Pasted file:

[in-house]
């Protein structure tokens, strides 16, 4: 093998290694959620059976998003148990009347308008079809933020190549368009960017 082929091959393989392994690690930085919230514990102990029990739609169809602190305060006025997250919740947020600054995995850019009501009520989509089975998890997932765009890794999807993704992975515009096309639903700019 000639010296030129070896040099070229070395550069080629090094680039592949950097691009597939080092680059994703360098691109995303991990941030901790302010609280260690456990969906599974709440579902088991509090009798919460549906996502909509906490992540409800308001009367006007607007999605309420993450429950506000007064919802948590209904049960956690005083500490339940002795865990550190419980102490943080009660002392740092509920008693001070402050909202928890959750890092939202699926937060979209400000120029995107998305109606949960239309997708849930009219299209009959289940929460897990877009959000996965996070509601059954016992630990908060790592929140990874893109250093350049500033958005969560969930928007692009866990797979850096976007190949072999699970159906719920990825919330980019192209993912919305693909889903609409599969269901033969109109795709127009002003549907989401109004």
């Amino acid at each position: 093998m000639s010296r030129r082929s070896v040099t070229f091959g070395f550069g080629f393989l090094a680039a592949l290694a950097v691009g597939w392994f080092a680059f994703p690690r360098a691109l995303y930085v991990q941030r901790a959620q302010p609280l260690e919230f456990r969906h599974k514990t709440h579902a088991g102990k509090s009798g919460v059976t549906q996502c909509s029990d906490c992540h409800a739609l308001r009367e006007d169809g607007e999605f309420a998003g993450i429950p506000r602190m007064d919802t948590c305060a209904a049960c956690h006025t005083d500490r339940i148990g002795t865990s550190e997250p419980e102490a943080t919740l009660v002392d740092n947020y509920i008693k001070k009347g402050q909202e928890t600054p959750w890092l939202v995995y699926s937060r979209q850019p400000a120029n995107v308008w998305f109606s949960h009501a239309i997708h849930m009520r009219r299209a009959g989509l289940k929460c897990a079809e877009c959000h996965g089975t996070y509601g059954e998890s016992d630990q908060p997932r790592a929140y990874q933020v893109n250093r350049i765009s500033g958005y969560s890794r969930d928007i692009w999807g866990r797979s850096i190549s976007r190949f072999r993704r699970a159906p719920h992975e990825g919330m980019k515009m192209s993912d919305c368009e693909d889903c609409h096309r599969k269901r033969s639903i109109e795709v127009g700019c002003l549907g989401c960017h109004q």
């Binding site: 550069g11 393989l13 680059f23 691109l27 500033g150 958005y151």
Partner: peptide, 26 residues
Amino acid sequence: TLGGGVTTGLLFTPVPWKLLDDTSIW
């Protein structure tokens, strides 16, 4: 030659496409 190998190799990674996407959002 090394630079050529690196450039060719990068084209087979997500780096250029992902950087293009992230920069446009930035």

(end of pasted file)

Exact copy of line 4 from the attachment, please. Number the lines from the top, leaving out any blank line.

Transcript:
């Binding site: 550069g11 393989l13 680059f23 691109l27 500033g150 958005y151």